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Comment Re:Not as useful as it might be (Score 1) 62

You are right that the score does not always correspond to the findings. This is because the rating methodology was designed back in 2009, whereas the assessment tool continued to evolve. I need to go back and update the methodology knowing what I know now. As for the score, 85% is a great score. Having a better score is of course, possible, but usually comes at performance cost.

Comment Re:No SNI, thats very truth worthy of a study (Score 2) 62

Yes, to some extent. But it does not explain why about 33% of the servers surveyed support SSL v2.0, which virtually no client wants to use, and which is also insecure. I think it's a combination of 1) using the defaults, 2) not caring, and 3) being afraid that something will break.

Comment Re:Really? (Score 3, Informative) 62

It just looks for sites negotiating vulnerable cipher suites with SSL v3 or TLS v1.0. BEAST workarounds have to be implemented client-side, and IIRC they are in most/all modern browsers. The issue, however, is that there is still a large number of users still using older browser versions, which are still vulnerable.

Comment Re:No SNI, thats very truth worthy of a study (Score 3, Insightful) 62

It would definitely be nice if the test supported SNI (it will soon), but, in our test, SNI is not very important for public SSL. If you are running a public web site you want people to see it, and, across the global audience, too many people cannot use it, which is why public sites don't use it either. The fact that our test does not support SNI has no effect on SSL Pulse, because it uses the results only from the sites with certificates we could validate.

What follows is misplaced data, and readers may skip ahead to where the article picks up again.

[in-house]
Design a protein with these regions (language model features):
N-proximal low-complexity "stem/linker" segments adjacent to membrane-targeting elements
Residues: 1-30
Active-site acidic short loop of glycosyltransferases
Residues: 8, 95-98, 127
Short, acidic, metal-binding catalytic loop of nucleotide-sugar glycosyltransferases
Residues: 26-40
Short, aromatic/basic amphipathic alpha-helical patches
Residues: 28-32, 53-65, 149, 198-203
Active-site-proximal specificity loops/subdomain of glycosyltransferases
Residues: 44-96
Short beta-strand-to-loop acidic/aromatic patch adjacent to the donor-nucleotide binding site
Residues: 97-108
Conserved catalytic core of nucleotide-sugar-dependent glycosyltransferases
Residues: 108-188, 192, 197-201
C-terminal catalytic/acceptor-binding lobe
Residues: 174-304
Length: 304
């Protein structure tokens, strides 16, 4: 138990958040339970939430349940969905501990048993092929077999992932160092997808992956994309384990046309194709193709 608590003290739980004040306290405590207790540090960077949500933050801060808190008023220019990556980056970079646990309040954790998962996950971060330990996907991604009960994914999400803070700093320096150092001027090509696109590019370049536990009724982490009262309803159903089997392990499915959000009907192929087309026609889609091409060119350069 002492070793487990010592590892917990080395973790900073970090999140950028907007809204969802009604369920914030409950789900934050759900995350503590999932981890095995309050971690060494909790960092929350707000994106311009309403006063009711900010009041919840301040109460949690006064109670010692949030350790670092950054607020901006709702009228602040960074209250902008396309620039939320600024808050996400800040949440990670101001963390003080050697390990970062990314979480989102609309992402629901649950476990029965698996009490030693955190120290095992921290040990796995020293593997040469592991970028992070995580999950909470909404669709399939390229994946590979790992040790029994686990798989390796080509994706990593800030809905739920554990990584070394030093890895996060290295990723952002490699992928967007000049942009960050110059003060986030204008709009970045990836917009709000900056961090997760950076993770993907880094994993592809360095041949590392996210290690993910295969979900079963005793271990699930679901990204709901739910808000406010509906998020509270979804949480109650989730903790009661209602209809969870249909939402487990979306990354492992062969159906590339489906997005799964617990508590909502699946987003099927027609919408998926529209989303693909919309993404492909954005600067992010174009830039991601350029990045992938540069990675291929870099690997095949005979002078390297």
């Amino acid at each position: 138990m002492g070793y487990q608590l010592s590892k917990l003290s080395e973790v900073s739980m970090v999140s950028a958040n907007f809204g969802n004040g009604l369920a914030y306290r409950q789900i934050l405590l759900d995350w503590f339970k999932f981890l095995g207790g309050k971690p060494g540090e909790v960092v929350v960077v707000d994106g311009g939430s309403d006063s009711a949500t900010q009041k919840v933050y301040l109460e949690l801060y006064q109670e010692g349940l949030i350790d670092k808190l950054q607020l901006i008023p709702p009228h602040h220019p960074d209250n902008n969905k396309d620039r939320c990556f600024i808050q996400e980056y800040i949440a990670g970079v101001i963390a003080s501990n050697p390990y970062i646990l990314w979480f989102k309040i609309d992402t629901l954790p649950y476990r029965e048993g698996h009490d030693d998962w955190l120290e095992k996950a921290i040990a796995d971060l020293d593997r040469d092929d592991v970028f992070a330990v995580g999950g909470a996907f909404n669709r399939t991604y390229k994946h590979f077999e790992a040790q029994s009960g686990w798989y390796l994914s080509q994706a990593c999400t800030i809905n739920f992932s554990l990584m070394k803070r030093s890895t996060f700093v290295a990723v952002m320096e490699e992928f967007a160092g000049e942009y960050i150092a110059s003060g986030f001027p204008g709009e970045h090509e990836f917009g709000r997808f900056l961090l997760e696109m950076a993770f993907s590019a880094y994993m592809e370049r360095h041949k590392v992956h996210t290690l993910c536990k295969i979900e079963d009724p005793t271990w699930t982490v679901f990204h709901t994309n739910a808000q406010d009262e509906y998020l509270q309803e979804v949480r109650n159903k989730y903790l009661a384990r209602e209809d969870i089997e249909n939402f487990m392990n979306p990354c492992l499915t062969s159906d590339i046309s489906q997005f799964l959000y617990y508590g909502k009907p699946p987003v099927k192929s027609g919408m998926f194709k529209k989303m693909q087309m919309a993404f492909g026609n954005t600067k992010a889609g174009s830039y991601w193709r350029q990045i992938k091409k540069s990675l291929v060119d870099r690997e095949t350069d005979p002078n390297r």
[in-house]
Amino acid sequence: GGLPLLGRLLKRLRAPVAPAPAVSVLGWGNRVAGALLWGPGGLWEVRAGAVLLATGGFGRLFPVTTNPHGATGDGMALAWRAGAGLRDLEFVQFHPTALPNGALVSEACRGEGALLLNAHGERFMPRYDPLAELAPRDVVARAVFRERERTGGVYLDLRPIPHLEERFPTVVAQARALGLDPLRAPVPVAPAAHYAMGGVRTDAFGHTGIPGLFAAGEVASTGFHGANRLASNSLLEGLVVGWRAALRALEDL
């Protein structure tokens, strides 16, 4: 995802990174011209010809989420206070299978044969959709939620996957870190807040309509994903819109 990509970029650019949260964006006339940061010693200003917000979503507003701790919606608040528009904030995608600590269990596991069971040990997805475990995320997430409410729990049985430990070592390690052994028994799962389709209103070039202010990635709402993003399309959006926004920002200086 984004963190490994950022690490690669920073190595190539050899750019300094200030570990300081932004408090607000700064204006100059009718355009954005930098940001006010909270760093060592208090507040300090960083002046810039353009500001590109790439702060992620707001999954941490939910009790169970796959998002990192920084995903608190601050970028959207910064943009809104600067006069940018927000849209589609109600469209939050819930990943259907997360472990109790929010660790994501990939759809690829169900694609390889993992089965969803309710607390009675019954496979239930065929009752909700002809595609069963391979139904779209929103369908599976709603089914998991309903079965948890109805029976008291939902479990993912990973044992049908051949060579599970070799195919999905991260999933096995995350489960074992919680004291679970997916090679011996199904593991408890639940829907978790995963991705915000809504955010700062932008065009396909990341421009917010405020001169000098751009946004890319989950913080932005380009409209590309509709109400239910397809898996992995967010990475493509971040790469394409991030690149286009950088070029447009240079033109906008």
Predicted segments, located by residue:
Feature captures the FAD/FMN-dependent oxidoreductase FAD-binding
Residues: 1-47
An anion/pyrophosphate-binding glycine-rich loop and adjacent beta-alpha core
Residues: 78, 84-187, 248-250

Comment Re:Mixed Content another issue (Score 4, Informative) 62

It's even worse than that. Many sites do not use SSL (e.g., for authentication), even when they have it properly configured. We actually did a study of how application-layer issues affect SSL. You can find more information here:

Comment Re:The reasons for SSL (Score 1) 432

Well, the problem is that you can't get connection encryption (confidentiality) without authentication. This is because, unless you authenticate with the server you wish to talk to, you can _never_ tell if there's someone in the middle snooping all your traffic (and possibly modifying it as well). It's the infamous man-in-the-middle (MITM) attack, and it's trivial to pull off if the attacker is in the right spot. The world is heading toward two classes of certificates anyway. The price for normal certificates (for which you only need to demonstrate that you control the domain name in question) is going to continue to go down. I hope that one day you'd get your certificate for free with a domain name purchase. Extended Validation (EV) certificates, where certificate authorities actually do some work to validate an organisation behind a certificate, are going to be what you call "full-mode" certificates. Speaking of SSL, just last week I launched a free online service where you can test the configuration of any SSL web site:

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